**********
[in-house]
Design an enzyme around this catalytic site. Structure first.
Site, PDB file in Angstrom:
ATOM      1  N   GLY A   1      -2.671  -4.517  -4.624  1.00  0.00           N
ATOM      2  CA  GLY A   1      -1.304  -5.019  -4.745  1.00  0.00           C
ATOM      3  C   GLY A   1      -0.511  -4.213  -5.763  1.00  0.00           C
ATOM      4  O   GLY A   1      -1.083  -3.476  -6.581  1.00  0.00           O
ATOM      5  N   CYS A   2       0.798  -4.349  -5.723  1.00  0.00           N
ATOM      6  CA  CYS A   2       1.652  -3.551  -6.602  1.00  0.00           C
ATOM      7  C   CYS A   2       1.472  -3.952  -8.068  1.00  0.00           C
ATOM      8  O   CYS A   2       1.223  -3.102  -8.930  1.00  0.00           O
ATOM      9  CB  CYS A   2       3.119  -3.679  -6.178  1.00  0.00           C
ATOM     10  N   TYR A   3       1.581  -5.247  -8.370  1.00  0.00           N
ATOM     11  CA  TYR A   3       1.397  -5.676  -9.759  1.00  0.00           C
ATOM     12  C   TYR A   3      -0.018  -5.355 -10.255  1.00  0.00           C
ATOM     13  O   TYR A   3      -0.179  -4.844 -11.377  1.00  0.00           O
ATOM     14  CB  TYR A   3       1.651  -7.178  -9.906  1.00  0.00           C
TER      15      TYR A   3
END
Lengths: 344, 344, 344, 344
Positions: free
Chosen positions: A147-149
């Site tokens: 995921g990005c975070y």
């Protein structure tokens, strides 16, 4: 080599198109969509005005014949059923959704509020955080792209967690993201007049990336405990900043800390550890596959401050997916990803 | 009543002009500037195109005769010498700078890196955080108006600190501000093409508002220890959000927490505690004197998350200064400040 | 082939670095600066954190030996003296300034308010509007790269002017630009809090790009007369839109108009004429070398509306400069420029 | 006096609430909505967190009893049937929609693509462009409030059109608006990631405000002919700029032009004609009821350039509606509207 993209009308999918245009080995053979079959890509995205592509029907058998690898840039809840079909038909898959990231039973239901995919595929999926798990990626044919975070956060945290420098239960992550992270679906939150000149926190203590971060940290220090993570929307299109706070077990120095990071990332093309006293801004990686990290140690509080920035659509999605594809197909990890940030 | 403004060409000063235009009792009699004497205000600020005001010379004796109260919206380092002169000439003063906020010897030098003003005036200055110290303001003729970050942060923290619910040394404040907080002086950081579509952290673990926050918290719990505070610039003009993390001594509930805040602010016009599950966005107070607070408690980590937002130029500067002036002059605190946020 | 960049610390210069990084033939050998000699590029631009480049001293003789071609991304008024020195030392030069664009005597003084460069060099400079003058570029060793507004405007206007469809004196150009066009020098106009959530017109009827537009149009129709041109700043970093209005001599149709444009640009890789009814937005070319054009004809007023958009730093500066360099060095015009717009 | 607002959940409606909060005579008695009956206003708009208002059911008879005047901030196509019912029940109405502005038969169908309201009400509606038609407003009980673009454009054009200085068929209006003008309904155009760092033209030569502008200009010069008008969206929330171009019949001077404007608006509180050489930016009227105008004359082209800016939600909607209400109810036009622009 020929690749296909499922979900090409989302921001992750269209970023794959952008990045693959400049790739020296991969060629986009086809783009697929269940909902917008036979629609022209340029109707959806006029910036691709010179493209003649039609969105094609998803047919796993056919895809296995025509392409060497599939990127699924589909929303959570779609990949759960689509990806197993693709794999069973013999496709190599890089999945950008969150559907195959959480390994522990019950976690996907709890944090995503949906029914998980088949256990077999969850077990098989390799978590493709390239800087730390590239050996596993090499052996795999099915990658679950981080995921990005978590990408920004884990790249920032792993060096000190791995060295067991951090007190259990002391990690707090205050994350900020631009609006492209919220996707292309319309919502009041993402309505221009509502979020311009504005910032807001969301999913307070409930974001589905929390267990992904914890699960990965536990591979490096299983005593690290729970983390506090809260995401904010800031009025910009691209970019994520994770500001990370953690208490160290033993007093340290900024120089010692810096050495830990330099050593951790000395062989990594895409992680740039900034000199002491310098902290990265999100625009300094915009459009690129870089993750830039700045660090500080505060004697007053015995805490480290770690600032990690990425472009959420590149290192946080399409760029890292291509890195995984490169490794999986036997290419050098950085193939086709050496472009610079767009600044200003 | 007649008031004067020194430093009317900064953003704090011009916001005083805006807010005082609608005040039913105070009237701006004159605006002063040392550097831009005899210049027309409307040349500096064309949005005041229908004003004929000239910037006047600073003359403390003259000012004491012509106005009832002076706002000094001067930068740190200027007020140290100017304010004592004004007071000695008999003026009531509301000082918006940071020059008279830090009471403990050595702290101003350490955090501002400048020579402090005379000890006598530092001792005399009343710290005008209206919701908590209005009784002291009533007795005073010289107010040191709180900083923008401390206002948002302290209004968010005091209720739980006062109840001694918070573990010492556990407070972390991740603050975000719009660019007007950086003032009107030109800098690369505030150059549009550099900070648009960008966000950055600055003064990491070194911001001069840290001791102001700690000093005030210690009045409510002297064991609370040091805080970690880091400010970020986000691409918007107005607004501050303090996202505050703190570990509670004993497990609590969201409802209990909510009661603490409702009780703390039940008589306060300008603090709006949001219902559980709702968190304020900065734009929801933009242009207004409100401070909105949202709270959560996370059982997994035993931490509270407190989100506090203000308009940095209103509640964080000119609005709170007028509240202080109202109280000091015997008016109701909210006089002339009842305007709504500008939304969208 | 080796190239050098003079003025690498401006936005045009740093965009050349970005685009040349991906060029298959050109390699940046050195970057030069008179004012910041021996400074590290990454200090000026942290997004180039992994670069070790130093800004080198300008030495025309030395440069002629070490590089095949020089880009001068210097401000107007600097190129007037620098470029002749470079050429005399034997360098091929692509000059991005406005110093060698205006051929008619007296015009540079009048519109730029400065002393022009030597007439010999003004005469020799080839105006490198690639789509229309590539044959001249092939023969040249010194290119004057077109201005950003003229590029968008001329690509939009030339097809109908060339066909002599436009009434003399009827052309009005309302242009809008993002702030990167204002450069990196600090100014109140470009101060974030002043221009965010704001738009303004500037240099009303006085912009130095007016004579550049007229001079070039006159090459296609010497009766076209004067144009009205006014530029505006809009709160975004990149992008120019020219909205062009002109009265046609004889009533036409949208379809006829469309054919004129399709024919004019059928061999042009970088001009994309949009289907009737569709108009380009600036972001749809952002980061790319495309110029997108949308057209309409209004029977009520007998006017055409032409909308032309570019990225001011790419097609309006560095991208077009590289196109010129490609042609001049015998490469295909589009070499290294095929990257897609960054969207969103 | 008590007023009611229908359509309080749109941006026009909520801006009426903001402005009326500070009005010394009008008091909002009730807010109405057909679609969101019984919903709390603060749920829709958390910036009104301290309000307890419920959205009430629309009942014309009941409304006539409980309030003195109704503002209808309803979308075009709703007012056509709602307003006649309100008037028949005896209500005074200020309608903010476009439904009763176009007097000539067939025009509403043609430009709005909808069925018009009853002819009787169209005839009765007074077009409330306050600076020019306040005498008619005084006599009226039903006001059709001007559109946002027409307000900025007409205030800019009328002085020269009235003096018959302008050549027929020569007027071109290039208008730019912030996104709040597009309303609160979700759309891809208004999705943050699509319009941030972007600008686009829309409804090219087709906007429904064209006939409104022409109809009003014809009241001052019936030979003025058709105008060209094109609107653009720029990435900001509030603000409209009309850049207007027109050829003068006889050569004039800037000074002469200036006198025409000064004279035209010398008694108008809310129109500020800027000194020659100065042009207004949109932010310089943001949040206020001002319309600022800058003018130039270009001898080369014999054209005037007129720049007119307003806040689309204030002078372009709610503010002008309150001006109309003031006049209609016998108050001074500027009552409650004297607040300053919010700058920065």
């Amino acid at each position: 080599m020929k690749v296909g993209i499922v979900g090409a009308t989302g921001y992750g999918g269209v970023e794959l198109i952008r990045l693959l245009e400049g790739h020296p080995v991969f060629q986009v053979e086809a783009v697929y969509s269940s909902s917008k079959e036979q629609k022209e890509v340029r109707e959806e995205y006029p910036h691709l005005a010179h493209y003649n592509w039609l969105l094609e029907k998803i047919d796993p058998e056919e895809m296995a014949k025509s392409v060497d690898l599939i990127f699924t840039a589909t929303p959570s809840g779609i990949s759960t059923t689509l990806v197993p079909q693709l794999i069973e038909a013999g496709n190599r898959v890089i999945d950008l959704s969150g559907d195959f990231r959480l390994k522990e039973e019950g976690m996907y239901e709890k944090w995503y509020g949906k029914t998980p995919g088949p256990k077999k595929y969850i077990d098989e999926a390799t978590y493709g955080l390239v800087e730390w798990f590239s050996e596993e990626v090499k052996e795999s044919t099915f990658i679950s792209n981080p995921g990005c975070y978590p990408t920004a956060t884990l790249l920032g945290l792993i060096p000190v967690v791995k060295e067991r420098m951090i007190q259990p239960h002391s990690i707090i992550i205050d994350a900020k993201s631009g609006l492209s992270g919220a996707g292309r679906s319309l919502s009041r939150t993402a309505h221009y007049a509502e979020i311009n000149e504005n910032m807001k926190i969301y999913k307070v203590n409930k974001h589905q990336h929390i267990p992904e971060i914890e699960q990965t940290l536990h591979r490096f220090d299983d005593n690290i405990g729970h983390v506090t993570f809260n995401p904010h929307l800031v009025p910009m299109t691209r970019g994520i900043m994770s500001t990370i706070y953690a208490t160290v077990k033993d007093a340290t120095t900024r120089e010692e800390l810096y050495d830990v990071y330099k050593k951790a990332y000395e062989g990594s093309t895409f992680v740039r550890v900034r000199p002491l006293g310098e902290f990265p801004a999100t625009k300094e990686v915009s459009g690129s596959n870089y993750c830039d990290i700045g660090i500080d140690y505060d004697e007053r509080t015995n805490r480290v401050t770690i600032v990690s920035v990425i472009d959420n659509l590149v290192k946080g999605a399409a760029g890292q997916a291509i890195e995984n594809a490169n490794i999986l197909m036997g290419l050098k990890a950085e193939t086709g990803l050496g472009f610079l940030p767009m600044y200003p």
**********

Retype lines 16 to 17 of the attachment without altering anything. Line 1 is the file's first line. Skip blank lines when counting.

ATOM     13  O   TYR A   3      -0.179  -4.844 -11.377  1.00  0.00           O
ATOM     14  CB  TYR A   3       1.651  -7.178  -9.906  1.00  0.00           C